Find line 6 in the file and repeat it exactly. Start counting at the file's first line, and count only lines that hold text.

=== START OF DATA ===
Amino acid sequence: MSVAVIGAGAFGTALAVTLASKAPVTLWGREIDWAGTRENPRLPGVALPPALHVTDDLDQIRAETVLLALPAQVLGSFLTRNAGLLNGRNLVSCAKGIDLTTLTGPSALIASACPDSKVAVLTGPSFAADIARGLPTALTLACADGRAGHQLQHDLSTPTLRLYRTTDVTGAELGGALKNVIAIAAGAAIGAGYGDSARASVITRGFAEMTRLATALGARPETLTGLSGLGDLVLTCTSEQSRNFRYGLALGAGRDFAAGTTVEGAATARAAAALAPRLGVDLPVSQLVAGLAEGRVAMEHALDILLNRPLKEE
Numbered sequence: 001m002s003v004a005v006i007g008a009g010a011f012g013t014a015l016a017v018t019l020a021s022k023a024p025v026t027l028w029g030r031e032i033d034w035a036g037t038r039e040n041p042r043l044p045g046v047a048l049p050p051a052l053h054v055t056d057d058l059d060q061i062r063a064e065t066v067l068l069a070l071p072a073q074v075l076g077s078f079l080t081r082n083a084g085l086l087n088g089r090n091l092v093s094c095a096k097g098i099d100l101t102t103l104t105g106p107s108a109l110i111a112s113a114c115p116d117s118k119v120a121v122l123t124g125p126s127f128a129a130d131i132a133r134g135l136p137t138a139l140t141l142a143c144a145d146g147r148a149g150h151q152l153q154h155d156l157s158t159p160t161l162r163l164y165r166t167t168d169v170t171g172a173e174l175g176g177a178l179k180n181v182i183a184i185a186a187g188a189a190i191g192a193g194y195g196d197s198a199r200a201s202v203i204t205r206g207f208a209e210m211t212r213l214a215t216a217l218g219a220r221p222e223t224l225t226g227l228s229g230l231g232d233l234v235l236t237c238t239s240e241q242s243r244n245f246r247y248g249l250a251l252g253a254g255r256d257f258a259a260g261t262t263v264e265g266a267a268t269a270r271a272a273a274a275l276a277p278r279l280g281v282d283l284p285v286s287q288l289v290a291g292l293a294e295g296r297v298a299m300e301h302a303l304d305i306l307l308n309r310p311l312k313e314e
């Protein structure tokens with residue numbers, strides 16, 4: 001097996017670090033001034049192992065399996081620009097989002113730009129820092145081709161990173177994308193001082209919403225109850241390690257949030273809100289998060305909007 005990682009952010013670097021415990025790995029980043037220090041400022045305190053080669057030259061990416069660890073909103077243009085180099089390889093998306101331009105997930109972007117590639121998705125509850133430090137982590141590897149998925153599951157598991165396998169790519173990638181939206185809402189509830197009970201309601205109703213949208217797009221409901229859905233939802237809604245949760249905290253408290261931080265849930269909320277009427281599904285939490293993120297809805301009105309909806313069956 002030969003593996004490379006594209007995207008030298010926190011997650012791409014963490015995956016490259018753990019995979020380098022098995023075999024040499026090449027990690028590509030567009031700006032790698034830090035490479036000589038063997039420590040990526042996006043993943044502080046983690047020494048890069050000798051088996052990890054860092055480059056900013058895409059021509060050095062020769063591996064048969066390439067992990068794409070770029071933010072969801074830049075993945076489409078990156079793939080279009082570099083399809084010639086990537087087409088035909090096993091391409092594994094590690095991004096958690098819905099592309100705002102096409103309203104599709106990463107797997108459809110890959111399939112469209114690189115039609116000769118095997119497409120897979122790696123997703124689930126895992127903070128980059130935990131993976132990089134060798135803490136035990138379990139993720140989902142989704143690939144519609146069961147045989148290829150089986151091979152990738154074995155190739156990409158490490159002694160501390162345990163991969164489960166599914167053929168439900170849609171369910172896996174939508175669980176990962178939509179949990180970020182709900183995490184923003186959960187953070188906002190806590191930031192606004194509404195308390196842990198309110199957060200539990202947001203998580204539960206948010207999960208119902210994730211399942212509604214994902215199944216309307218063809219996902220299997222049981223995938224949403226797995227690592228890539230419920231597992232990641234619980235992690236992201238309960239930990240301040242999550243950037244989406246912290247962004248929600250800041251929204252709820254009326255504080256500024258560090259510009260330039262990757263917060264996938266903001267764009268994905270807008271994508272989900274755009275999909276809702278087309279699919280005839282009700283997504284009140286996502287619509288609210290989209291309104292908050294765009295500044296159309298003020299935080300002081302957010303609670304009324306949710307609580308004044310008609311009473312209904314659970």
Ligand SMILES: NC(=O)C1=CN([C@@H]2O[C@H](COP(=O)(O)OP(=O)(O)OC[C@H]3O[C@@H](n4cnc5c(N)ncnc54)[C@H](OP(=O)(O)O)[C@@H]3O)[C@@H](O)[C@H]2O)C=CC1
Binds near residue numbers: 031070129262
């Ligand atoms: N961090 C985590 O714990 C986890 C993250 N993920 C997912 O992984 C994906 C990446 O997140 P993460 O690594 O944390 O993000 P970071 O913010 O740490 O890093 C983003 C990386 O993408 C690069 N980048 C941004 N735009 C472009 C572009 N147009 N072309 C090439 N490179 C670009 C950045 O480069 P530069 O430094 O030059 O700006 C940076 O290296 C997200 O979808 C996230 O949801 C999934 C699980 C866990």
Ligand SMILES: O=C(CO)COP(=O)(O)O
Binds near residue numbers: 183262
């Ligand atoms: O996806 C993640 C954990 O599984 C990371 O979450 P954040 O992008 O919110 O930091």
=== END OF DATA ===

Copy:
């Ligand atoms: N961090 C985590 O714990 C986890 C993250 N993920 C997912 O992984 C994906 C990446 O997140 P993460 O690594 O944390 O993000 P970071 O913010 O740490 O890093 C983003 C990386 O993408 C690069 N980048 C941004 N735009 C472009 C572009 N147009 N072309 C090439 N490179 C670009 C950045 O480069 P530069 O430094 O030059 O700006 C940076 O290296 C997200 O979808 C996230 O949801 C999934 C699980 C866990």